At the same time, the GOP is now nearly unanimous in its affection for the U.S.-Israel alliance. That trend reached its apotheosis under Trump, who can lay claim to being the most pro-Israel president to date, even if Democrats and the majority of Jewish voters give him no credit for it.
While the congressional leadership of the Democrats still firmly identifies as pro-Israel—as demonstrated by the determination of House Speaker Nancy Pelosi and House Majority Leader Steny Hoyer not to let the opposition of the so-called progressive wing of their party stop funding of the Iron Dome missile-defense system earlier this year—members of the party as just as likely to be found among Israel’s most fervent ideological opponents as its friends.
It is wrong to label all Democrats as being as bad as the “Squad.” But when push has come to shove on key issues of interest to the pro-Israel community, most of them fell short. That meant that some who are not only Jewish but who have long claimed to be Israel’s most ardent defenders either joined the other side on the Iran deal—as did former Democratic National Committee Chair Rep. Debbie Wasserman-Schultz (D-Fla.)—or simply acquiesced to their party’s betrayal, as Senate Majority Leader Chuck Schumer did.
With courageous exceptions to this standard few and far between, such as Rep. Ted Deutch (D-Fla.), who both opposed the Iran deal and called out Tlaib and others for their anti-Semitic invective during the House debate about Iron Dome, it’s possible to argue that perhaps those cheering Haley’s comments are right about AIPAC’s failure and the need to reject bipartisan advocacy.
Yet it’s both premature and unwise to completely write off AIPAC.
It is deeply wrong for Jewish Democrats to accuse their GOP counterparts of politicizing the issue of Israel since it was their party, and not the Republicans, which failed on Iran and Jerusalem, as well as by their cowardly refusal to reject the anti-Semitism of the progressives. But the goal of pro-Israel advocacy can’t be to convince all Jews to become Republicans. That would be true even if it were possible, which it isn’t, given the fact that most believe so-called social-justice issues are actually more important than Israel and fail to see that anti-Semitism is as much a danger on the left as it is on the right.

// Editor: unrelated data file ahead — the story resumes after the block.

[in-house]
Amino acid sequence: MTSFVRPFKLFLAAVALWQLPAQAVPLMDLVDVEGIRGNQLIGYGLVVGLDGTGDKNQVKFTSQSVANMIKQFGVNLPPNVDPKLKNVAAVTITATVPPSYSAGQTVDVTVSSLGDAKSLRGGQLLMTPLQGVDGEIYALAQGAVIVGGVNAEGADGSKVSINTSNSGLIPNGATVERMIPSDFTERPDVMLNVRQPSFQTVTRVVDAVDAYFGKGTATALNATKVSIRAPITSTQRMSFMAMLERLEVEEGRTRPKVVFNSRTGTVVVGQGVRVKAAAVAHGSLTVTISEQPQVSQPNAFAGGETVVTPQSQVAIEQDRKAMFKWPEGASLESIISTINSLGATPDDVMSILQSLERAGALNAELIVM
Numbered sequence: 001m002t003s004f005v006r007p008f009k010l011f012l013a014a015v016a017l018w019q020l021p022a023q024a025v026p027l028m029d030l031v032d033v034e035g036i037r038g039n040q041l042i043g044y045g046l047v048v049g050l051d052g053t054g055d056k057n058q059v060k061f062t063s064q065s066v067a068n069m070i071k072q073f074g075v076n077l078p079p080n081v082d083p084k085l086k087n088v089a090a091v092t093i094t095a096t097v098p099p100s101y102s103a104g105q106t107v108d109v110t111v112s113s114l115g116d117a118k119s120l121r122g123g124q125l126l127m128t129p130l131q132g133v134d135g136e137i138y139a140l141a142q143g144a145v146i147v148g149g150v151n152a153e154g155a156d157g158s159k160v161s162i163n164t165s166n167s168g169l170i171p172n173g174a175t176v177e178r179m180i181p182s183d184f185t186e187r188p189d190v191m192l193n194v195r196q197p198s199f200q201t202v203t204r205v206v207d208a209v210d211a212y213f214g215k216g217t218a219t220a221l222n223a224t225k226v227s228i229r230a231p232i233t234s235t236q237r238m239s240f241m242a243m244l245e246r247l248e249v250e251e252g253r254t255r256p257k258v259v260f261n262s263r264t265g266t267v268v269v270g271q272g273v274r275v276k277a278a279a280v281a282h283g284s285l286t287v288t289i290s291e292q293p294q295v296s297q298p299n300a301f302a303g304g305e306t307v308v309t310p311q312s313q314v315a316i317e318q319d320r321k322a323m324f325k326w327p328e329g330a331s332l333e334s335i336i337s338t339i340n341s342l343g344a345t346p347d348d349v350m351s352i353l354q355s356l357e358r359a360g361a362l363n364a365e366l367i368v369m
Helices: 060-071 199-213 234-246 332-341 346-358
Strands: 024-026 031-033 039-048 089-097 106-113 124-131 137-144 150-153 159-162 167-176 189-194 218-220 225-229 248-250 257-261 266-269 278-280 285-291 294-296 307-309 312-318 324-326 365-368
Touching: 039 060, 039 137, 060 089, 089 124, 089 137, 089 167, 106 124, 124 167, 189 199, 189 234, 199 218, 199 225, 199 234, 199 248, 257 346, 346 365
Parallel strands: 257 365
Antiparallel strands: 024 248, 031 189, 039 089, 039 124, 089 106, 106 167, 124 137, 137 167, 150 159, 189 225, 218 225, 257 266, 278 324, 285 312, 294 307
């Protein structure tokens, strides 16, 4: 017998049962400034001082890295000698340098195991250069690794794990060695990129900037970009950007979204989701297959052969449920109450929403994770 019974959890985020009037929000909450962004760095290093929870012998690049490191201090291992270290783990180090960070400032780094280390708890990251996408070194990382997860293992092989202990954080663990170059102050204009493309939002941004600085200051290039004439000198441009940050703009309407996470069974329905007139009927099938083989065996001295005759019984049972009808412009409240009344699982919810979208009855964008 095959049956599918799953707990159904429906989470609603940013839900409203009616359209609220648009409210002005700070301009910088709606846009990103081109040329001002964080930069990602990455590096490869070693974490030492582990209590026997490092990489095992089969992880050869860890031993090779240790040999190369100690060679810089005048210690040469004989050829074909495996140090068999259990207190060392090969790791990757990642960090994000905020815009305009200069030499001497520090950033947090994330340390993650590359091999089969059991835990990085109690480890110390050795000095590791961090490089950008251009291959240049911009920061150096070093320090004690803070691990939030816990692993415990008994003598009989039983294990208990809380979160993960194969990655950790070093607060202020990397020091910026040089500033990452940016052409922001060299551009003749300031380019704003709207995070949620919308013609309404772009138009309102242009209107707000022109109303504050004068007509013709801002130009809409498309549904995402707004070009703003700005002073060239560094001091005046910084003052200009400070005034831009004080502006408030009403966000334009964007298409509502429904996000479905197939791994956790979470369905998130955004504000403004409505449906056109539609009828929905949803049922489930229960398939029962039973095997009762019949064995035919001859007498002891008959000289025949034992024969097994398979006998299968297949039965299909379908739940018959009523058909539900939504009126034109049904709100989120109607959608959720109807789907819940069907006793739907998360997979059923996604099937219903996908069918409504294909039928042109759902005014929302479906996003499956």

The objective for the pro-Israel movement is not to destroy the Democrats, but to get them to return to their former stance of strong support and revive a consensus that the left is destroying. That means that efforts to cultivate moderates and even some progressives—and to convince them to back the Jewish state—is still both the right thing to do and good politics must continue. At the moment, that looks like a losing battle, as the party’s growing progressive wing has fallen under the spell of toxic ideas like critical race theory that give a permission slip to anti-Semitism.
In American politics, change is a constant. The left may have thought the future was theirs after the rise of the Black Lives Matter movement and the defeat of Trump. But the party’s radical tilt may herald its impending defeat in future elections and a necessary course correction that will eventually bring it back closer to the center. At that point, if AIPAC is still doing its job, pro-Israel Democrats will be there to reap the benefits.
That doesn’t mean Republicans shouldn’t continue to oppose the left’s anti-Israel invective and Biden administration policies that undermine the alliance. Yet in the long run, the pro-Israel community will be stronger if AIPAC is capable of vindicating its bipartisan strategy. If it can’t, then that will be a tragedy for the Democrats, the lobby and Israel.
Jonathan S. Tobin is editor in chief of JNS—Jewish News Syndicate. Follow him on Twitter at: @jonathans_tobin.